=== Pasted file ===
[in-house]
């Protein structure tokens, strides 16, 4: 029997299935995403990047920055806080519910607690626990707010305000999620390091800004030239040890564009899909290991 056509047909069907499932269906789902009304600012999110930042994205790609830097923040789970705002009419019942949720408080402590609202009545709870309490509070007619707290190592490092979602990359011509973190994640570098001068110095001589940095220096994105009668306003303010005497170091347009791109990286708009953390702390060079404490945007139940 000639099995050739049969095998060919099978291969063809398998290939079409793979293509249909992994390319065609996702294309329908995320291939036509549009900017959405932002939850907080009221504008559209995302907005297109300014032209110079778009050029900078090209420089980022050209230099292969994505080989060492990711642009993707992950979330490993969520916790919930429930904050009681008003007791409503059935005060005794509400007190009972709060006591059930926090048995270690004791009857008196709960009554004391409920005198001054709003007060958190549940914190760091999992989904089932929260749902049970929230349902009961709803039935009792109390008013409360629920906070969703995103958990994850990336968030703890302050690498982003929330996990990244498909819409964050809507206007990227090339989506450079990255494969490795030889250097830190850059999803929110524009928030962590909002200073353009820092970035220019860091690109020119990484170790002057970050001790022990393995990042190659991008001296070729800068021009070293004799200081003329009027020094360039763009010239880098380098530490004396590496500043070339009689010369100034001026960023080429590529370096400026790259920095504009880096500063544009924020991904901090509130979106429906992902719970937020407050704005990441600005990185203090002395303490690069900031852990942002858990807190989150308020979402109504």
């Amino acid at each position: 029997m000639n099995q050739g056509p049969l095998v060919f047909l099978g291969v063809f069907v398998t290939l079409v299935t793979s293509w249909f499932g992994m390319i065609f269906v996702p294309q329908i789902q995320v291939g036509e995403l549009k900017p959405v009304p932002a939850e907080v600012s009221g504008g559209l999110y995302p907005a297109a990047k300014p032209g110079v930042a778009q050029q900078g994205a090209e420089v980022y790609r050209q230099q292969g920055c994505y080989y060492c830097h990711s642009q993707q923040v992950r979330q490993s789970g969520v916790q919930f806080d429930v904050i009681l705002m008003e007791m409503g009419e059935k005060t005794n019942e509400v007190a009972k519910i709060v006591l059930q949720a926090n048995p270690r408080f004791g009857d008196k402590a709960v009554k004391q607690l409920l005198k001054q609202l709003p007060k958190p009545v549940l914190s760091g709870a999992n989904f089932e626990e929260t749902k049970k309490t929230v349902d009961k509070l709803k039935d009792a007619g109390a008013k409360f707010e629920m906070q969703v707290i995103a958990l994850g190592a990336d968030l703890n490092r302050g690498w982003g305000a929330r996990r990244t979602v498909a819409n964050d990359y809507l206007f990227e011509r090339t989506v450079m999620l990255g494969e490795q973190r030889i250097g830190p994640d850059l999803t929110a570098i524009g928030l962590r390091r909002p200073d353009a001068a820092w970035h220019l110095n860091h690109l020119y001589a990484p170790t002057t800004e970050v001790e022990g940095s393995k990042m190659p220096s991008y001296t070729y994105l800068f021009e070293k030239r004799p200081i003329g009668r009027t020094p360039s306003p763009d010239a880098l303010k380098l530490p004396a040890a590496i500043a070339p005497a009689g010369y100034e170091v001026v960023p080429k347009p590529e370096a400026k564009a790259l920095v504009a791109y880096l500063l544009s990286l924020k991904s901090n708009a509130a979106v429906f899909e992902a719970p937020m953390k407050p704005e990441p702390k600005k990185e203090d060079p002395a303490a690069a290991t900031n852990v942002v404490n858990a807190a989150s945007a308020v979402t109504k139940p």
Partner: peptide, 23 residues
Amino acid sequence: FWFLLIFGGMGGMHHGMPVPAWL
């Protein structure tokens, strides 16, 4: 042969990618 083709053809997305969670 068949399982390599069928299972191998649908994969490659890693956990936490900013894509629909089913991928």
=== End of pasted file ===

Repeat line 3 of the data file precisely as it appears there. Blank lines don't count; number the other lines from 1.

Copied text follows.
């Amino acid at each position: 029997m000639n099995q050739g056509p049969l095998v060919f047909l099978g291969v063809f069907v398998t290939l079409v299935t793979s293509w249909f499932g992994m390319i065609f269906v996702p294309q329908i789902q995320v291939g036509e995403l549009k900017p959405v009304p932002a939850e907080v600012s009221g504008g559209l999110y995302p907005a297109a990047k300014p032209g110079v930042a778009q050029q900078g994205a090209e420089v980022y790609r050209q230099q292969g920055c994505y080989y060492c830097h990711s642009q993707q923040v992950r979330q490993s789970g969520v916790q919930f806080d429930v904050i009681l705002m008003e007791m409503g009419e059935k005060t005794n019942e509400v007190a009972k519910i709060v006591l059930q949720a926090n048995p270690r408080f004791g009857d008196k402590a709960v009554k004391q607690l409920l005198k001054q609202l709003p007060k958190p009545v549940l914190s760091g709870a999992n989904f089932e626990e929260t749902k049970k309490t929230v349902d009961k509070l709803k039935d009792a007619g109390a008013k409360f707010e629920m906070q969703v707290i995103a958990l994850g190592a990336d968030l703890n490092r302050g690498w982003g305000a929330r996990r990244t979602v498909a819409n964050d990359y809507l206007f990227e011509r090339t989506v450079m999620l990255g494969e490795q973190r030889i250097g830190p994640d850059l999803t929110a570098i524009g928030l962590r390091r909002p200073d353009a001068a820092w970035h220019l110095n860091h690109l020119y001589a990484p170790t002057t800004e970050v001790e022990g940095s393995k990042m190659p220096s991008y001296t070729y994105l800068f021009e070293k030239r004799p200081i003329g009668r009027t020094p360039s306003p763009d010239a880098l303010k380098l530490p004396a040890a590496i500043a070339p005497a009689g010369y100034e170091v001026v960023p080429k347009p590529e370096a400026k564009a790259l920095v504009a791109y880096l500063l544009s990286l924020k991904s901090n708009a509130a979106v429906f899909e992902a719970p937020m953390k407050p704005e990441p702390k600005k990185e203090d060079p002395a303490a690069a290991t900031n852990v942002v404490n858990a807190a989150s945007a308020v979402t109504k139940p």